Perhaps my most memorable hunting trip is that of my son's first duck hunt. Oh, Alex had been duck hunting with me often enough, but this was his first year carrying a gun into the blind, and a very special hunt in every respect. Idaho has a special youth only weekend for waterfowl hunting in which youth between twelve and fourteen years of age get to hunt, the weekend before general waterfowl season opens. This season allows kids to enjoy hunting before the birds get decoy wise and are educated to the ways of the hunter each fall.
We rolled out of bed to alarms screaming at the very dark hour of 3:30 am, fixed a thermos of hot chocolate and one of very strong hot coffee, cooked some pancakes and eggs then loaded our gear into the Suburban before heading out to the Pend Orielle River. The morning was unseasonably warm, being in the upper 40's at four in the morning, with a very clear, black sky. The morning star shone bright as we headed east, out of town towards Cocalalla Slough. As we drove along the river, my son, Alex and I discussed the different shooting situations he might encounter, shoot-don't shoot scenarios, reviewed bird identification and discussed leads and follow through on the shot. It was old news, but worthy of review before his first hunt carrying a shotgun.
We arrived well before daylight, with not a hint of breeze blowing. We had to portage our canoe for a considerable distance to gain access to the slough and as we packed decoys, shotguns, thermos and life jackets to the water's edge, the air was alive with the music of ducks, hundreds of them. The unmistakable highball of mallards, the whit-whistle of widgeon and teal by the scores. Finally as we finished loading the last of our gear into the canoe, the first glimmer of dawn's gray light began to show in the eastern sky.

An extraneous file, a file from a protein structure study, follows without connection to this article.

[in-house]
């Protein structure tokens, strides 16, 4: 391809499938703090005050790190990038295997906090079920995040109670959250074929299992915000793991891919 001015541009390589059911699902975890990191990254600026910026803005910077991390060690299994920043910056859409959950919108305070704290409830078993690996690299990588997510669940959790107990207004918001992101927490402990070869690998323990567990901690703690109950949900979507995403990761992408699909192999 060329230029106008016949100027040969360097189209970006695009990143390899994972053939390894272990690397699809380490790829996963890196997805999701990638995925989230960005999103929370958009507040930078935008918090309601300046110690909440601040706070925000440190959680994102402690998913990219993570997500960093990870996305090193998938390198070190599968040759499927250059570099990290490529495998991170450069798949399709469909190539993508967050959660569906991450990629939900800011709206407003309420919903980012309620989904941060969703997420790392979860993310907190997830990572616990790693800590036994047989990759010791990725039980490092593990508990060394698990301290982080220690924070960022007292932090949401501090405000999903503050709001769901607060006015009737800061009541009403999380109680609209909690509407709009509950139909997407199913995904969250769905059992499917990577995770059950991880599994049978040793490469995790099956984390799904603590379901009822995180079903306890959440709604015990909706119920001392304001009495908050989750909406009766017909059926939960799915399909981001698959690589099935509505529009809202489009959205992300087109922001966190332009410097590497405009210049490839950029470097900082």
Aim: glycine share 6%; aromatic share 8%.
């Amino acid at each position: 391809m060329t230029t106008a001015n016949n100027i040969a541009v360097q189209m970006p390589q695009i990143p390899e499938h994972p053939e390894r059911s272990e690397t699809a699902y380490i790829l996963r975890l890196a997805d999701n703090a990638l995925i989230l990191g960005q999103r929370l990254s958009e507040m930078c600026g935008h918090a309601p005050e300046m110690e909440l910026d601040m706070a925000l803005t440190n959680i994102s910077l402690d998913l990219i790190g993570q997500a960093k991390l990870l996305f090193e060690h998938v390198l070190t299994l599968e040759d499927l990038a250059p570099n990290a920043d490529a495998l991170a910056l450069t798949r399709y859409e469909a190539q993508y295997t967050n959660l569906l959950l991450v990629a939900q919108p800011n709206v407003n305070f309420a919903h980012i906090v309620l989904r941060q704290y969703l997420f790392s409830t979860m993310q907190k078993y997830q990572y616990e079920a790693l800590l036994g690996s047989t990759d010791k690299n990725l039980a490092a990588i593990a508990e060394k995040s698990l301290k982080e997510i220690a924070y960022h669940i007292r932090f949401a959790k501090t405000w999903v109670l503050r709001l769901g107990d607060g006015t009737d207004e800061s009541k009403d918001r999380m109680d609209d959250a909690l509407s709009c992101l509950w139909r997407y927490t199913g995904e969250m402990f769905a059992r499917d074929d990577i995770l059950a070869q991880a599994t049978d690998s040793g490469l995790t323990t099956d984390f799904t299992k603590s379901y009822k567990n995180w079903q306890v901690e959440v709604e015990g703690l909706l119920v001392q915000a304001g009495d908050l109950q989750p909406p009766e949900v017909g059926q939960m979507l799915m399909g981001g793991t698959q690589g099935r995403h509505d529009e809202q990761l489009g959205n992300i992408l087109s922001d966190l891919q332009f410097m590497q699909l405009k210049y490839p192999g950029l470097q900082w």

Time had passed quickly, and it was later than we realized as we silently slipped our paddles into the mirror still waters of Cocalalla Slough. We had about three quarters of a mile of waterway to cover as daylight grew brighter, illuminating a layer of fog that hung two or three feet over the water in the stillness of the morning. Yet more birds joined in the choir of morning serenade as time ticked on, and we paddled onward. We had the entire place to ourselves that morning, and as I glanced at my watch, it was already two minutes into legal shooting hours!
No sooner had I checked the time, then a lone gadwall drake came screaming up from behind us, out about thirty yards from the canoe. Alex gave an anxious glance at the duck, then at me. After giving him a quick nod of approval, he cocked his NEF single-shot twenty gauge and swung smoothly through his trigger pull as he followed the drake. To my complete surprise and elation that bird did a complete cartwheel in the air before hitting the water about forty yards away! Talk about proud! Alex's first duck hunt, his first shot of the day, and he bagged his first bird of the morning! His grin was worth all the lost sleep, the time spent shooting tossed tin cans and floating sticks. A lifetime memory had been made in a split-second! He was hooked!
We collected Alex's first duck, and headed for the inlet where Cocalalla Creek runs into the slough. There, on the north side of the inlet we set up a dozen mixed decoys. We set out a few mallards, a pair of canvasbacks a few redheads and some teal. We set out the decoys, and as I was getting into the canoe to go hide it, a pair of mallards tried landing in the decoys! The drake never made it any further! Alex's single-shot twenty barked again, and the greenhead landed six feet from his blind! Two for two! I almost didn't want him to shoot again... it might ruin his record!